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In brief: Sandpoint festival announces lineup

The Steve Miller Band, the Indigo Girls and The Avett Brothers are among the music acts scheduled for the Festival at Sandpoint this summer.

The 31st annual summer concert series runs Aug. 1 through 11 on the shores of Lake Pend Oreille.

Other bands in the lineup include: CAKE, Rosanne Cash, The Greencards, John Butler Trio, Vintage Trouble, Eclectic Approach, Matt Andersen, Shook Twins, Devon Wade and Marshall McLean.

The festival will end, as is traditional, with a grand finale concert by the Spokane Symphony Orchestra and guest soloists Francisco Renno, a pianist, and violinist Jason Moody.

Tickets go on sale today and can be bought online at www.FestivalAt, or by phone at (208) 265-4554; toll-free at (888) 265-4554; or through TicketsWest outlets.

Governor’s stipend to begin on June 1

BOISE – Idaho plans to resume paying a $4,500 monthly housing stipend to Gov. Butch Otter starting June 1 as it clears furniture from the vacant governor’s mansion in Boise where he never lived.

The state decided earlier this year to give the hilltop mansion back to the descendants of J.R. Simplot, the billionaire potato mogul who donated the 7,400-square-foot home to be used as a residence for Idaho’s chief executive in 2004, four years before he died at age 99.

Otter, Simplot’s former son-in-law, declined to live in it, and escalating costs of about $180,000 annually to water the expansive lawn and maintain the 33-year-old home threatened to drain a $1.5 million fund to cover housing expenses for the state’s chief executive. It’s dwindled to $775,000 as maintenance, electricity and repair costs added up.

The decision to restore the housing stipend was unanimous among the Republican and Democratic members of the Governor’s Housing Committee. The panel concluded the $54,000 annual cost was a relative bargain, compared to keeping the home.

Spokane diocese’s lawsuit dismissed

A federal judge dismissed the Catholic Diocese of Spokane’s bankruptcy malpractice claim against law firm Paine Hamblen on Wednesday, ruling that the diocese needs to first secure permission from the bankruptcy court before turning to U.S. District Court to press its $12 million lawsuit.

Diocese attorney Robert Gould said Bishop Blase Cupich intends to obtain that permission and pursue the case.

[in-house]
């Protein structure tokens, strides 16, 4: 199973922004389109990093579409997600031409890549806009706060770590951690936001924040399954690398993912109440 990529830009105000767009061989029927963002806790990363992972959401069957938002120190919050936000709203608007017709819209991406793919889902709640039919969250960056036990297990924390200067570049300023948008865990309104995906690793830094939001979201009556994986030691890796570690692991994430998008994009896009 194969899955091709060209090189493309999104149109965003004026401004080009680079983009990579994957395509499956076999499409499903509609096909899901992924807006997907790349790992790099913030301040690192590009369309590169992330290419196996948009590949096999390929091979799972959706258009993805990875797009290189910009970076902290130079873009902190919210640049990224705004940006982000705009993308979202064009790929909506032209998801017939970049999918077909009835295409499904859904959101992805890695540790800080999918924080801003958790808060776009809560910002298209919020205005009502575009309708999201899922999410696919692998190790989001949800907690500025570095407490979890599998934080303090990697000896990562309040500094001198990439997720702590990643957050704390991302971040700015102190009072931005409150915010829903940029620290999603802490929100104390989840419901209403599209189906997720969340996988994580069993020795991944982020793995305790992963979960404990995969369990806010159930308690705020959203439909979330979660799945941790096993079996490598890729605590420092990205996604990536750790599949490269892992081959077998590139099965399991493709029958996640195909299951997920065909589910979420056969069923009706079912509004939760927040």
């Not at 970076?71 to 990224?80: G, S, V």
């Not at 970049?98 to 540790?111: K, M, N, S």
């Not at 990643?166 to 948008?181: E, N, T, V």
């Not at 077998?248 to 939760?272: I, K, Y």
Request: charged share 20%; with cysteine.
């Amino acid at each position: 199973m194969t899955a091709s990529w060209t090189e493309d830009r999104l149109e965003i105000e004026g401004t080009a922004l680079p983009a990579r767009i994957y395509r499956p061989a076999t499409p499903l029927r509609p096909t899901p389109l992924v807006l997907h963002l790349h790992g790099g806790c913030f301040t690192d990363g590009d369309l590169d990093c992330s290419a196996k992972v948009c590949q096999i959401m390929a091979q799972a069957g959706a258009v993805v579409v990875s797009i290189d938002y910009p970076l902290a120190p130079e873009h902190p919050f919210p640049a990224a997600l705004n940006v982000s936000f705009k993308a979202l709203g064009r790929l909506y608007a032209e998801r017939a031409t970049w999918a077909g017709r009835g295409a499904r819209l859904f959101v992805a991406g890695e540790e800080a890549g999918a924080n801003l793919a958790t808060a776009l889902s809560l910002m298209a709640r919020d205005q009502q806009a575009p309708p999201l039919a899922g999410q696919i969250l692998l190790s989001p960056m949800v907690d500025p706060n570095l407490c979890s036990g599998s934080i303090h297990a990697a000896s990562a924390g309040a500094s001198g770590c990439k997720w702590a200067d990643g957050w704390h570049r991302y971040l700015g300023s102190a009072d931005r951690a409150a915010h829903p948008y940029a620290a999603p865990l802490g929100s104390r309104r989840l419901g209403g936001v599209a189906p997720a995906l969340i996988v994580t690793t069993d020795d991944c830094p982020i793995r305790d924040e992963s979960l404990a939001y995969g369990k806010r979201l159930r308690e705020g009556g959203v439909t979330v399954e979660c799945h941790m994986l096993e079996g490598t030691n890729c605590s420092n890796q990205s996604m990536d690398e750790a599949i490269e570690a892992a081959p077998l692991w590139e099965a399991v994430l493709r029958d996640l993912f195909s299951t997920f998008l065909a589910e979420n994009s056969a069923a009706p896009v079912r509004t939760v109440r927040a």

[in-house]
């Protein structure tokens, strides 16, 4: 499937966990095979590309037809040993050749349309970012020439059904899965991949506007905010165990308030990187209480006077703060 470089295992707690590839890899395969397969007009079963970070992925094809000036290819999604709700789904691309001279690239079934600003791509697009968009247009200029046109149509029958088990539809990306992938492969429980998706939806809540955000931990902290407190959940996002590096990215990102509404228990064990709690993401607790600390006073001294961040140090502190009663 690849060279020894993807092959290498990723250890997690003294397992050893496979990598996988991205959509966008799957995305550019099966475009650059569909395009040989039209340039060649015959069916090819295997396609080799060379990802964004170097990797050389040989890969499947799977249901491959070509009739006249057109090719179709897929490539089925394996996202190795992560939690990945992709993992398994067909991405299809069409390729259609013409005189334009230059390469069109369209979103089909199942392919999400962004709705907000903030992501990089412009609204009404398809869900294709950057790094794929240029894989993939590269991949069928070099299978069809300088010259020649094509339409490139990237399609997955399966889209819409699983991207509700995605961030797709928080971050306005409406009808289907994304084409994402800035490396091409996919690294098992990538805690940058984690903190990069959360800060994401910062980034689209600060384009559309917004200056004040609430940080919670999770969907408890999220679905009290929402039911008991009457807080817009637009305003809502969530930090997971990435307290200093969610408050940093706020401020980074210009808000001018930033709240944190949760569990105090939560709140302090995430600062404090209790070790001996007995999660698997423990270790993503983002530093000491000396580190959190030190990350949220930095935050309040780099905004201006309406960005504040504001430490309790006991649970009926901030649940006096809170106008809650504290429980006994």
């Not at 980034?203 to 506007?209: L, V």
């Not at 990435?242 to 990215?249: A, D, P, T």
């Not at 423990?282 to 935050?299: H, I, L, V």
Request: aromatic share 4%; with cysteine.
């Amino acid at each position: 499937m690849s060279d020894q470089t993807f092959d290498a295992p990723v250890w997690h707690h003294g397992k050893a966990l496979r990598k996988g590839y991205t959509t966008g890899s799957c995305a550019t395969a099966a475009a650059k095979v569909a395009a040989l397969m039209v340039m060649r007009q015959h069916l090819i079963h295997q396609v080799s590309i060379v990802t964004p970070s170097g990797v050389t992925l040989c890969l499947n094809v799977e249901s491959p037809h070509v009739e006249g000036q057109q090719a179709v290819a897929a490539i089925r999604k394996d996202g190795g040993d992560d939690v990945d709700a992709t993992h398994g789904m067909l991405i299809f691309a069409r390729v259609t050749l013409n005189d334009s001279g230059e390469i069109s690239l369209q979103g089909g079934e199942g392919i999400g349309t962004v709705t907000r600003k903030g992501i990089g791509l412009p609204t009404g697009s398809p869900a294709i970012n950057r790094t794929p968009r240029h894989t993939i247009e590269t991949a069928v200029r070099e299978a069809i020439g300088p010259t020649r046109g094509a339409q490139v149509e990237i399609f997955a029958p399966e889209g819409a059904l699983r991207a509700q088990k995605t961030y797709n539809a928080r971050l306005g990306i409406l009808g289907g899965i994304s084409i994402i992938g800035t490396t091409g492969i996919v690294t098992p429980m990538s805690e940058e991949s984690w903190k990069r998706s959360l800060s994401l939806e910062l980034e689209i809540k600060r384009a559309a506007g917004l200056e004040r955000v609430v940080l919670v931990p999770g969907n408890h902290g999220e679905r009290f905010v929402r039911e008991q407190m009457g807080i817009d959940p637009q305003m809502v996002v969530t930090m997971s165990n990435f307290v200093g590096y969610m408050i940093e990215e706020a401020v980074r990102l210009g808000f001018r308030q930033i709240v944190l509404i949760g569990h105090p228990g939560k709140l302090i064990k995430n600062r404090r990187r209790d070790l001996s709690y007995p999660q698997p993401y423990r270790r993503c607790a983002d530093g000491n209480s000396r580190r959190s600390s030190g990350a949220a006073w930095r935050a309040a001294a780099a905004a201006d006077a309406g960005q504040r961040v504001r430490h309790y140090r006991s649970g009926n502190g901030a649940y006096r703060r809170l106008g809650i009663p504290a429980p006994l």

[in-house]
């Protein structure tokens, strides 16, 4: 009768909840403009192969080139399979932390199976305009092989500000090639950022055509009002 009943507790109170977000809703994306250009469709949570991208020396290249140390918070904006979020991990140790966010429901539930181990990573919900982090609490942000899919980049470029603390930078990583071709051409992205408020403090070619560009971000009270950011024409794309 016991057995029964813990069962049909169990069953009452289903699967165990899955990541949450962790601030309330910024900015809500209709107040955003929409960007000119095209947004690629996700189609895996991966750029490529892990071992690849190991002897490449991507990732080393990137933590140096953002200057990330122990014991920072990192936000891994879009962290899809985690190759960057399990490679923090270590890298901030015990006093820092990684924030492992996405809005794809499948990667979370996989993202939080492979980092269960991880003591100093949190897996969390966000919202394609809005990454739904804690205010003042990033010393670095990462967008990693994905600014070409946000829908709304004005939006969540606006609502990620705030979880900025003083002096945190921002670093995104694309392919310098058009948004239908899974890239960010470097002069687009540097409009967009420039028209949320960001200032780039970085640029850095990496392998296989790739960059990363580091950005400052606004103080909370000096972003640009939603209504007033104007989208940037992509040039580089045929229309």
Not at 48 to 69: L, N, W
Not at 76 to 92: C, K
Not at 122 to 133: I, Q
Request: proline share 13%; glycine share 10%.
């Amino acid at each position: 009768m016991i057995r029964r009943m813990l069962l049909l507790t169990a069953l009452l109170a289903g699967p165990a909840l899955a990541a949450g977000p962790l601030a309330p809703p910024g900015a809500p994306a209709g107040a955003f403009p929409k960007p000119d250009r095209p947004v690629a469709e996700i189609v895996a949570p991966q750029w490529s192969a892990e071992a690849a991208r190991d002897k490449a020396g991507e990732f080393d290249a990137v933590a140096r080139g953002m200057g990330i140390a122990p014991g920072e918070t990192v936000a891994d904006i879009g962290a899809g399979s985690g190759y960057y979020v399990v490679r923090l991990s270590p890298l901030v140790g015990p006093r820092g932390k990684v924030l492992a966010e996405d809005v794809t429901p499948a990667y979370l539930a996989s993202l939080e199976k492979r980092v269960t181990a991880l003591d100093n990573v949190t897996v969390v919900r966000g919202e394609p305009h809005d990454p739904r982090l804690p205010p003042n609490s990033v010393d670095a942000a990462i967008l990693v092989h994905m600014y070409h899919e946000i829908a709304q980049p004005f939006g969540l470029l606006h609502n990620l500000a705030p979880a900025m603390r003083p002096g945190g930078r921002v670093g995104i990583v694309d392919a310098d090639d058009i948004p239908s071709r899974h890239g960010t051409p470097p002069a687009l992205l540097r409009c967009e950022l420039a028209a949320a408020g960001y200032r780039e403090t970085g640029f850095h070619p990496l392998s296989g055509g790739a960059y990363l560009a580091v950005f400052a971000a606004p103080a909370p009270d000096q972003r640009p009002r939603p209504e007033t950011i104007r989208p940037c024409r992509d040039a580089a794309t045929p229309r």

There have been no substantive settlement talks between the sides, said Jane Brown, managing partner of Paine Hamblen.

The diocese accuses Paine Hamblen lawyers of mishandling its bankruptcy case that took several years and $50 million to resolve.

Auto shop raid nets three arrests

Spokane police have arrested three people suspected of selling drugs out of a South Perry District auto repair shop.

Detective Lydia Taylor said undercover officers made several drug purchases from suspects at Lonnie’s Auto Repair, located at 826 S. Perry St. Detectives raided the shop and seized methamphetamine and hydrocodone pills while serving a search warrant Wednesday afternoon.

Three people were arrested on drug charges, including the shop’s owner. Joseph Johnson, 52, and Gerry R. Elerding, 41, were arrested on distribution charges while Lonnie D. Sandros, 59, was arrested for allegedly letting his shop be used for drug deals, Taylor said.

The shop was closed by Spokane Code Enforcement a few weeks ago for code violations.


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WSU, Mike Leach face lawsuit over football player’s dismissal

new  A lawsuit claims that Washington State football coach Mike Leach has selectively enforced his own team rules, and that the university failed to provide due process before revoking a student-athlete’s financial aid – again shining a spotlight on how the school responds to criminal allegations.